Friday, February 5, 2016

Getting paid on time

          Free daily tips, information, advice and ideas
          to help you better manage your small business

     If you run a service business or small manufacturing operation, you do the work and then you wait to be paid. The wait can be long. Meanwhile, your payroll and other bill continue.

     It's particularly frustrating if you are dealing with large companies. They have procedures, and your bills can languish in the bowels of their accounts payable departments. 

     You can do some things to speed up the payments process. Here are three things I have used myself in businesses I've operated.

     1. Change your terms. Offer a discount for payment within a short period of time. I've used 2% discount if paid within 10 days. When invoices arrive at a company's accounts payable department, those with discounts get quicker attention. For you, it's a way of using their system to prioritize payment of your invoice. 2%-30 days also works well.

     2. Set up progress payments. This method depends on the business. If you are providing significant inputs of labor and materials to accomplish a job that stretches over time, set up contractual milestones that trigger partial payments as the work progresses. As project phases are completed, send appropriate invoices, referencing the negotiated agreement. I've used this in a printing operation where big jobs could stretch out over several weeks. Construction businesses use this all the time, as do consultants in various fields.

     3. Develop a close relationship with the contact you deal with in a big company. This is key. The contact might be a low level manager or a senior vice president. But if you're not being paid in a timely manner, a face-to-face conversation with your contact in the big company can put pressure to get your invoice paid. Calls to the accounts payable department will be of little value in resolving a problem--or, in some cases, a friendly call might be of great help.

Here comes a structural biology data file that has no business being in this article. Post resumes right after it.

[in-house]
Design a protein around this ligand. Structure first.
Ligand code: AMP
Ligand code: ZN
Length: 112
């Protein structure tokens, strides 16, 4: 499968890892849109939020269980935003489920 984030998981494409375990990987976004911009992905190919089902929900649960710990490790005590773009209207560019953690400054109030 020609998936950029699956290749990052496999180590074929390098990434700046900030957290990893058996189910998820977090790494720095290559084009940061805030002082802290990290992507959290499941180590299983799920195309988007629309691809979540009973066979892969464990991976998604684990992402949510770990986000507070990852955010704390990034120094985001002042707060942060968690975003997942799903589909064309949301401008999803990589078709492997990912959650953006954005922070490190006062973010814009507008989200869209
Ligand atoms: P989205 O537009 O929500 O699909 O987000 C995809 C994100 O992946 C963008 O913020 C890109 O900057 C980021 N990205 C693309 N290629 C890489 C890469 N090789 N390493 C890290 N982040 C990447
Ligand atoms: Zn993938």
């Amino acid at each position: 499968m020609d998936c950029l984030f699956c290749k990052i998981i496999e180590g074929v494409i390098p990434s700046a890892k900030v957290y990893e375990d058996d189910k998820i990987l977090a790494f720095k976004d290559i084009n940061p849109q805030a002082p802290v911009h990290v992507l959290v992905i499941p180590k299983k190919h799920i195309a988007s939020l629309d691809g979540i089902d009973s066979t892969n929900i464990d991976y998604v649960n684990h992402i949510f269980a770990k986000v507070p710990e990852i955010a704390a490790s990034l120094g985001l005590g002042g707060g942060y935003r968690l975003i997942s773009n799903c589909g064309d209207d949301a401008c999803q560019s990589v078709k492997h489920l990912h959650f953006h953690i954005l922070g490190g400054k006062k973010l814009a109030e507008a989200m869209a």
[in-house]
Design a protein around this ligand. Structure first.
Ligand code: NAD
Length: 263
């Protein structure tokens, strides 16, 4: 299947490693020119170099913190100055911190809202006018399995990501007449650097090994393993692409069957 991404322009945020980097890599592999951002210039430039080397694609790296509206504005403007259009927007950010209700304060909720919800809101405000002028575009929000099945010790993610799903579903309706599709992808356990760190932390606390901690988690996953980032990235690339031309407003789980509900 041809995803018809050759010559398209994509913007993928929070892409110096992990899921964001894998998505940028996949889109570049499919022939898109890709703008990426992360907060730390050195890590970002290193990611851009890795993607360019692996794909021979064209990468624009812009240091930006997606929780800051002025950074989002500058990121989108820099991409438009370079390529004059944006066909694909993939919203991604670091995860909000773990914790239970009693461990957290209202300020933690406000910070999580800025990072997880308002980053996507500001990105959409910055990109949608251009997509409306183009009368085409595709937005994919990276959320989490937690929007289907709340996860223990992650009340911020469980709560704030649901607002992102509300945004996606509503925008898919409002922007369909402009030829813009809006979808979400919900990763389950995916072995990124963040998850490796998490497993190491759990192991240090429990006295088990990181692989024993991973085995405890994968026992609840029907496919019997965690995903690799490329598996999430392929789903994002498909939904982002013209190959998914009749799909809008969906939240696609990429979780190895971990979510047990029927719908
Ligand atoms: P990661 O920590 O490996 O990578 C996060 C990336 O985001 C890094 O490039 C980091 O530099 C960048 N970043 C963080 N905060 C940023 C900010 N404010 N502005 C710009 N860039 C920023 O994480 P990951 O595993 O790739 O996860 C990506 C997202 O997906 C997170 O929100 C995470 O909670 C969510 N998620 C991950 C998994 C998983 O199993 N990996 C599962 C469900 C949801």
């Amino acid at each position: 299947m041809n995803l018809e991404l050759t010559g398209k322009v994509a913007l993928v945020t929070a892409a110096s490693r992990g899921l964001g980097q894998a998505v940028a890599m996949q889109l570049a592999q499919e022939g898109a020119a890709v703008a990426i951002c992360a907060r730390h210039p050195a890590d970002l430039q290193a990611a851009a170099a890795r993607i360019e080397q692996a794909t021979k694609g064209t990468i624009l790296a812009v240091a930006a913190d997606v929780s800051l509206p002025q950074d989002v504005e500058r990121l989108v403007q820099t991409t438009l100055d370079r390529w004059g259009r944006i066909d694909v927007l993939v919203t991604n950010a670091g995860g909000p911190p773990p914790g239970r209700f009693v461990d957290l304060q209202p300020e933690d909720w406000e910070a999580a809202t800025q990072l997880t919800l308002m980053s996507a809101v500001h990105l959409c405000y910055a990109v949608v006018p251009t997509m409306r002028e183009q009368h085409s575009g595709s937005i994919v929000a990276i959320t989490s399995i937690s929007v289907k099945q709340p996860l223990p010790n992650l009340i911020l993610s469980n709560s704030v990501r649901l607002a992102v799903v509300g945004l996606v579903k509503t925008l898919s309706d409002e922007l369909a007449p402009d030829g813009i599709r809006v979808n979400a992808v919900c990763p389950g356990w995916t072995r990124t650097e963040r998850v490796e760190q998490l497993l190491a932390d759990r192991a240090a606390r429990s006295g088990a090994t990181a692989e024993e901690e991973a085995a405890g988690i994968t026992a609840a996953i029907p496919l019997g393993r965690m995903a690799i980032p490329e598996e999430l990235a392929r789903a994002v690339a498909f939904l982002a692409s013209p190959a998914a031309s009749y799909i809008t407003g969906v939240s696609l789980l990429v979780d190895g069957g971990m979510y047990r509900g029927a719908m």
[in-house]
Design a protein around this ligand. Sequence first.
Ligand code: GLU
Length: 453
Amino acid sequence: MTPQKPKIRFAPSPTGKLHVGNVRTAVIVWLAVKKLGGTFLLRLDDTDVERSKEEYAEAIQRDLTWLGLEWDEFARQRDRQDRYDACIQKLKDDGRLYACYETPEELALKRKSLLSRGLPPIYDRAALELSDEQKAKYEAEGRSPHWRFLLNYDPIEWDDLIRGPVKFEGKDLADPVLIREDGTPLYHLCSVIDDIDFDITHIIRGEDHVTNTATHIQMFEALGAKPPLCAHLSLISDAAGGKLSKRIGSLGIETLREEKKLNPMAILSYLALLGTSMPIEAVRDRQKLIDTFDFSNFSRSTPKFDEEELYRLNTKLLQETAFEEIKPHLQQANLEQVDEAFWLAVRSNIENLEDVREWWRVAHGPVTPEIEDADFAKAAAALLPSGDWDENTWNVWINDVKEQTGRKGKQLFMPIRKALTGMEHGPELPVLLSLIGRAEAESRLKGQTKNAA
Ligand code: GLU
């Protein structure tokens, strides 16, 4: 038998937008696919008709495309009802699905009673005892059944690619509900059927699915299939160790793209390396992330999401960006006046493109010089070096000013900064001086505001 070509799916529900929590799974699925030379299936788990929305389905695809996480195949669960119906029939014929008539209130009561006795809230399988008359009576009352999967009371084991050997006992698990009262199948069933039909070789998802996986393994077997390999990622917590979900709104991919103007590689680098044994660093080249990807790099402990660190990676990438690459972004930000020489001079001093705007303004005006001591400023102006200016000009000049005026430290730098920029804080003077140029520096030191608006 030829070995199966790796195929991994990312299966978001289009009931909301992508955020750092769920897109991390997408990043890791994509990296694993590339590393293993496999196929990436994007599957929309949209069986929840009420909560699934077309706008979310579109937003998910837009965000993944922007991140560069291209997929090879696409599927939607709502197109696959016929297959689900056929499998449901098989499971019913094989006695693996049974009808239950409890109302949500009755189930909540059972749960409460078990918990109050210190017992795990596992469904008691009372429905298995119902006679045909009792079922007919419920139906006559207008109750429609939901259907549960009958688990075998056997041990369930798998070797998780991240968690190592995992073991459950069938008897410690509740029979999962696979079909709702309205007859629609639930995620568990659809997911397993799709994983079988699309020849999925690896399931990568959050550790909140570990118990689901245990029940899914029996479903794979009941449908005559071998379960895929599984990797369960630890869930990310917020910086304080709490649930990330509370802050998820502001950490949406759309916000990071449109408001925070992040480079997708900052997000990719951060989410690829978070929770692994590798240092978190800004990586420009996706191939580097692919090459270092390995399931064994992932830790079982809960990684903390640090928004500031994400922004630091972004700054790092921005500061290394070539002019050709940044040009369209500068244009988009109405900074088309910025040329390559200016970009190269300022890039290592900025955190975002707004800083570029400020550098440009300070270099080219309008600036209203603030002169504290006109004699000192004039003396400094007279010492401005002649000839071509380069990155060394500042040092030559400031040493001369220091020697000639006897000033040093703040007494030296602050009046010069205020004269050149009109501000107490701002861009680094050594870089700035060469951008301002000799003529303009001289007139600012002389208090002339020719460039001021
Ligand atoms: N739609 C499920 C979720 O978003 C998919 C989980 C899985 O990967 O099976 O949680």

I once had a serious conversation with a senior vice president of a major corporation about this. His company was three months in arrears and still ordering. He had approval authority and he would sign off on invoices and forward them to the accounts payable people. There, my invoices would linger. In our conversation, I told him that I was continuing to provide services, but it amounted to providing financing to his company. He suddenly understood and corrected the situation.

     In a way, my small business was providing financing for his big company. By not paying my invoices, they were in effect getting a loan from me. Big companies do this to small suppliers, the thinking being that they can easily replace small suppliers with others clamoring for the business. Meanwhile, the bottom line of the big company looks better. 

          Getting paid quickly is crucial to the health of your small business.                  Never yell, but use quiet pressure to get paid on time.   

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